Last week's blog was on emotions in general. If you haven't read it, or the previous one on thinking, please do so before you continue. Emotions are usually either negative or positive. The stronger negative emotions drive evasive behavior--often acting out behavior. The more subtle positive emotions bring comfort and peace. The goal is to avoid or defusing the negative emotions while encouraging the peaceful ones.

Negative emotions include anxiety, anger, confusion, frustration, fear. As dementia progresses the ability to judge more or less decreases and so a PlwD tends to feel most emotions at their highest level. I'm not just a little frightened; I'm AFRAID. I'm not sort of anxious; I'm FILLED WITH ANXIETY. I'm not irritated; I'm ENRAGED. The longer my feeling lasts, the more intense it gets. These are the feelings that drive the behavioral and psychological symptoms of dementia (BPSD). Therefore, it is in everyone's best interest to avoid triggering these feelings whenever possible, and to defuse them quickly when they do occur.

Negative emotions are usually a response to stress. The problem is that the PlwD may no longer be able to connect cause and effect--this requires abstract thinking. Thus, they may not know why they are acting angry, or frightened. Thus, the care partner's job is to recognize and avoid such stresses whenever possible and to end them as quickly as possible when they do happen.

You can't use reason or time-related solutions. Dementia takes away a person's ability to reason and which requires abstract thinking. It also keeps them in the here and now--they don't understand "later." But there are many things you can do. Start preparing as soon as you have a diagnosis...or sooner! Don't wait until the PlwD's abstract thinking is all gone to start.
  • Add structure to the PlwD's life by establishing daily and weekly routines and rituals. Structure promotes positive the feelings of comfort and safety and limits negative feelings of confusion and fear. The sooner in your journey you do this, the easier it will be to do.
  • Routines should include events that encourage sociability such as visits from family and friends (one at a time). Start adult daycare before it is needed, so that it can be accepted and even enjoyed.
  • Routines should also include meaningful activities, such as folding clothes, doing dishes, working jigsaw puzzles or playing a card game.
  • Add simplicity. Remove clutter, unnecessary knickknacks and furniture. Like structure, simplicity replaces confusion and fear with feelings of comfort and safety.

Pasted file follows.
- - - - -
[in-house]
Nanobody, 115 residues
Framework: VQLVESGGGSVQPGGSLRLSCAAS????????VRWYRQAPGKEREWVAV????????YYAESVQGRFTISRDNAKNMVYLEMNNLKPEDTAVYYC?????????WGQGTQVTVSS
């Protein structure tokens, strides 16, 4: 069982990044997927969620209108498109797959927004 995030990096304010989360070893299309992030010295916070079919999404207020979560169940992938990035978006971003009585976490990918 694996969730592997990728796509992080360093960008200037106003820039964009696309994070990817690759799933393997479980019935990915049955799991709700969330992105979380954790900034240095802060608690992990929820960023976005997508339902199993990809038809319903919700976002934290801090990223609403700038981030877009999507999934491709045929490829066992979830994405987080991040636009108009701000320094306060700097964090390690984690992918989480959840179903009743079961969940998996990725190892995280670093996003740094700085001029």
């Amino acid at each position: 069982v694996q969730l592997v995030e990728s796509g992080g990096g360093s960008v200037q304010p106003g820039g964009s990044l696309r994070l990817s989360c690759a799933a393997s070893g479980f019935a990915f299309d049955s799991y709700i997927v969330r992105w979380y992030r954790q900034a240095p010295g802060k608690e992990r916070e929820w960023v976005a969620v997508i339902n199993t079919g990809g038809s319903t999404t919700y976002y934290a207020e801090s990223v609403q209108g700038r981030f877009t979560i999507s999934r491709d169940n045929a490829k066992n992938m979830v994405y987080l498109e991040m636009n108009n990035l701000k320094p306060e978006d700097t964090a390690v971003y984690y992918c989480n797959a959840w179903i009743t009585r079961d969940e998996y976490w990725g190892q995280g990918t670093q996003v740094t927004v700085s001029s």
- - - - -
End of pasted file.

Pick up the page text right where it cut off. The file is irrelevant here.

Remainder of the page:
• Develop a play list of the PlwD's favorite music. Music is very calming and thereuptic.
  • Learn what things are most likely to cause negative emotions for the PlwD, and avoid these whenever possible. (These will be different with each person. Dave may be afraid of dogs, Mary may get upset when she is rushed, June may do very poorly in crowds.)
In the present:
  • Continually use verbal reassurance. "I love you. You are safe. Everything is/will be OK." Compliments and positive messages need to be voiced over and over to be really effective. (It takes 6--or more--positives to counteract a negative.)
  • Practice hugging and loving touch. (Custodial touching doesn't count. That is, helping them onto the toilet, into a chair or into bed don't count. The touching needs to be volunteered because you want to, not because you need to. (Remember the 6 to 1 rule.)
  • Maintain routine and rituals religiously. Always have friends in on the same day at the same time. Always make folding clothes, or doing dishes, or whatever, the PlwD's job. Always ...
  • Make no unnecessary changes of furniture or decor. Replace old clothes with similar ones. Don't offer "new" foods. Variety is no longer fun!
  • Recognize acting out as a stress-related response, and look for the trigger, then deal with that, not the behavior.
  • Use music as much as you can, starting with that play-list of favorite songs, and going on to others that the PlwD enjoys. Music in the house is soothing and brings about positive emotions.

Finally, take care of yourself. An overextended, sleep-deprived, ill, or unhappy caregiver is a strong stressor for the PlwD. They will mirror your feelings and add their own feelings of inadequacy and fear of desertion. (See other blogs on caregiver care.)

Next week, we start talking about using your knowledge about emotions with specific symptoms.

* Acronyms:
LBD: Lewy body dementia
PlwD: person living with dementia
PlwLBD: person living with LBD
DLB: dementia with Lewy bodies
PDD: Parkinson's disease with dementia
MCI: mild cognitive impairment
MCI-LB: the form of MCI that precedes LBD
BPSD: behavioral and psychological symptoms of dementia

For information about Lewy body disorders, read our books:
A Caregivers’ Guide to Lewy Body Dementia
Managing Cognitive Issues in Parkinson's and Lewy Body Dementia

Helen and James Whitworth are not doctors, lawyers or social workers. As informed caregivers, they share the information here for educational purposes only. It should never be used instead of a professional's advice.

Friday, April 7, 2017

Emotions Drive Behavior

Last week's blog was about thinking skills. Because we use abstract thinking to evaluate and make decisions about emotions, it is important to know about the different kinds of thinking. If you haven't already read last week's blog, please scroll down and read it now.

This week's blog is about emotions in general. Understanding how they work can help the care partner deal better with the often frustrating behavioral and psychological symptoms of dementia (BPSD).

Emotions drive behavior. This is the case with everyone. We run away or relax, depending on the emotions we have and how we chose to respond to them.

Negative emotions are motivators, and can be quite stressful. These emotions cause the body to secrete those "fight or flight," stress-increasing hormones. They are usually intense, drawing and holding one's attention, and demanding change, and pressing for movement away from the discomfort they cause.